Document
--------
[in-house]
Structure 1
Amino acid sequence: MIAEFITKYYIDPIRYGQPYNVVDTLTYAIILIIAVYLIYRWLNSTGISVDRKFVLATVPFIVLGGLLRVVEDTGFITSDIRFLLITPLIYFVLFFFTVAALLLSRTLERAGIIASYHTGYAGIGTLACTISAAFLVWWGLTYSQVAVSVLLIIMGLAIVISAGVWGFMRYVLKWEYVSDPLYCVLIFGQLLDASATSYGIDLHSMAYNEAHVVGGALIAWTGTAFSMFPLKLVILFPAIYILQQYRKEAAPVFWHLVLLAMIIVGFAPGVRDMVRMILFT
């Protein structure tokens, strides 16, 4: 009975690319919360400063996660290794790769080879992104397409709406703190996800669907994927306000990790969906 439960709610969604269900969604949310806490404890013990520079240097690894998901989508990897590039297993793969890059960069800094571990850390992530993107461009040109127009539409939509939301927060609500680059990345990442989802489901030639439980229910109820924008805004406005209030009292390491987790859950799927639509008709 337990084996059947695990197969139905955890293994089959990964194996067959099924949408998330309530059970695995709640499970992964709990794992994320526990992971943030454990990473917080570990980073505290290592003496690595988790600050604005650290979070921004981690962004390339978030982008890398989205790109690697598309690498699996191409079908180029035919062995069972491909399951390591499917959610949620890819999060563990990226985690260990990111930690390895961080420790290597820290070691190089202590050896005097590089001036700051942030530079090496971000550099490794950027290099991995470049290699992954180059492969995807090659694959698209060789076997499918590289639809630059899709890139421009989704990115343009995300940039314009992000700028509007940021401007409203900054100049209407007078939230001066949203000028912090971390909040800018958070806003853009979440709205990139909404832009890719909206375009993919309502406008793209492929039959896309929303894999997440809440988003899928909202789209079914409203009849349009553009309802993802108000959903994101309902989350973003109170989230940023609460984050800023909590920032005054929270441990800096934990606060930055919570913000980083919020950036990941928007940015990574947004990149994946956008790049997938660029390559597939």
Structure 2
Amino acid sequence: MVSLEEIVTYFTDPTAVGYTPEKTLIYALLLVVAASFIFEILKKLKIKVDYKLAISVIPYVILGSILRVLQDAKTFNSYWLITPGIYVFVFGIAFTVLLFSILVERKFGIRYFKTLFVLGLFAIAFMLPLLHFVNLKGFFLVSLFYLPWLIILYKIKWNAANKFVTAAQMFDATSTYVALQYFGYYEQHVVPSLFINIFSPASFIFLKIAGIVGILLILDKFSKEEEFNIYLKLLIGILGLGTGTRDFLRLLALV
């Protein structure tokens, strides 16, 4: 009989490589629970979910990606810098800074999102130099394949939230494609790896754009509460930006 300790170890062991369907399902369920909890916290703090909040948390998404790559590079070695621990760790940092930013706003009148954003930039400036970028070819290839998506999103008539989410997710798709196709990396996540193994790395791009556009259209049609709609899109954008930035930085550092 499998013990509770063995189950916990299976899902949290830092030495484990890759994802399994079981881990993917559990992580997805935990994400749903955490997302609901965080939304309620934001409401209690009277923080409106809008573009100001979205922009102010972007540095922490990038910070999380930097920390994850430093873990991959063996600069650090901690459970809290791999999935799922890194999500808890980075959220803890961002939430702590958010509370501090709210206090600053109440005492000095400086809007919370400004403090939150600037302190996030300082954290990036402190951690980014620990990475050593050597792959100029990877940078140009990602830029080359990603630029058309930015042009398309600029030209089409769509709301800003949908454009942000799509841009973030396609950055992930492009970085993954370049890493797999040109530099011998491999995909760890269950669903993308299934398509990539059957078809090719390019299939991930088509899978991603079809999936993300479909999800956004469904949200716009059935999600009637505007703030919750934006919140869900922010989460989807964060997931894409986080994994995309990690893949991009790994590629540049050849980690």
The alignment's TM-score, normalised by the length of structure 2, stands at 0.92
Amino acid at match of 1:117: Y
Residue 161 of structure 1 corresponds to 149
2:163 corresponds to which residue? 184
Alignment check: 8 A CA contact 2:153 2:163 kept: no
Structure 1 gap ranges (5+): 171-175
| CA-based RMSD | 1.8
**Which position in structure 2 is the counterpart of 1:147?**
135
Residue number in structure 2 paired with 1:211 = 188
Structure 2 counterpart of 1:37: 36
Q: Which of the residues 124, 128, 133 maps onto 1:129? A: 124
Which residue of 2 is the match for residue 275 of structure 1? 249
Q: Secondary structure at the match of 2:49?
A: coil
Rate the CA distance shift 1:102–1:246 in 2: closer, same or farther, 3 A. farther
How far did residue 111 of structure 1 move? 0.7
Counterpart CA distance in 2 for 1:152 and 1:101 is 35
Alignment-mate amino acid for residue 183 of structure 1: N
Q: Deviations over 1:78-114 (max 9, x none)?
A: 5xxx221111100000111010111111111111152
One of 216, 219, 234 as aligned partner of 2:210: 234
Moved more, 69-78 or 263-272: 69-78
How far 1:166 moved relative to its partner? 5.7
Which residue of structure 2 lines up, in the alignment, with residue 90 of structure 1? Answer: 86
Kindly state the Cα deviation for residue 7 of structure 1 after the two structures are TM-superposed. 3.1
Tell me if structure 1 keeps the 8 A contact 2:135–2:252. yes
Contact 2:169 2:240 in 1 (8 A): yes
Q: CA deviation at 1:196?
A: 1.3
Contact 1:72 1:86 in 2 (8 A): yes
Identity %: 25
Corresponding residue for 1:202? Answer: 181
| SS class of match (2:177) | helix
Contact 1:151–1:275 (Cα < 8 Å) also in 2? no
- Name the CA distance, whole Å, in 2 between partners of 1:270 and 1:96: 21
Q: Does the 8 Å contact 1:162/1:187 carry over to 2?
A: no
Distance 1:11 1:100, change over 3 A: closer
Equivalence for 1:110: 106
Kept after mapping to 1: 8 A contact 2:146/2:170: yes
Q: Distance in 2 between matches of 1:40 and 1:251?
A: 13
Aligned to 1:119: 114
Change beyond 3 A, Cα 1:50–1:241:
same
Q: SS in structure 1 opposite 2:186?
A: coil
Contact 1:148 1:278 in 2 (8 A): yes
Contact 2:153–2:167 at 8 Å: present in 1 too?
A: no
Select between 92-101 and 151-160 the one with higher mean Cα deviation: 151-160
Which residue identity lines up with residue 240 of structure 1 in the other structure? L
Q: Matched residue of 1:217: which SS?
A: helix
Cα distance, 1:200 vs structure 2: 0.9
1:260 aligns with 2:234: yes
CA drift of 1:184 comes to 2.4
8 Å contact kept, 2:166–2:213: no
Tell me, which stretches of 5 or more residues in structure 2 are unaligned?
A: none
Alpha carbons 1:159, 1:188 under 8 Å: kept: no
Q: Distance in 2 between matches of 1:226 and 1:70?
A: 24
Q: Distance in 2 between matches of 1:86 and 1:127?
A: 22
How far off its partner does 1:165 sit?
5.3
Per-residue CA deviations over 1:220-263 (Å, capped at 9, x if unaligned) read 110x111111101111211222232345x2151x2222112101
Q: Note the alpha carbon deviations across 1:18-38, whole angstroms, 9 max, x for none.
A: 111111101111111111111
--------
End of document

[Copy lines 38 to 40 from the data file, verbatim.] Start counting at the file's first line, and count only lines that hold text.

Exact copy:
Contact 1:72 1:86 in 2 (8 A): yes
Identity %: 25
Corresponding residue for 1:202? Answer: 181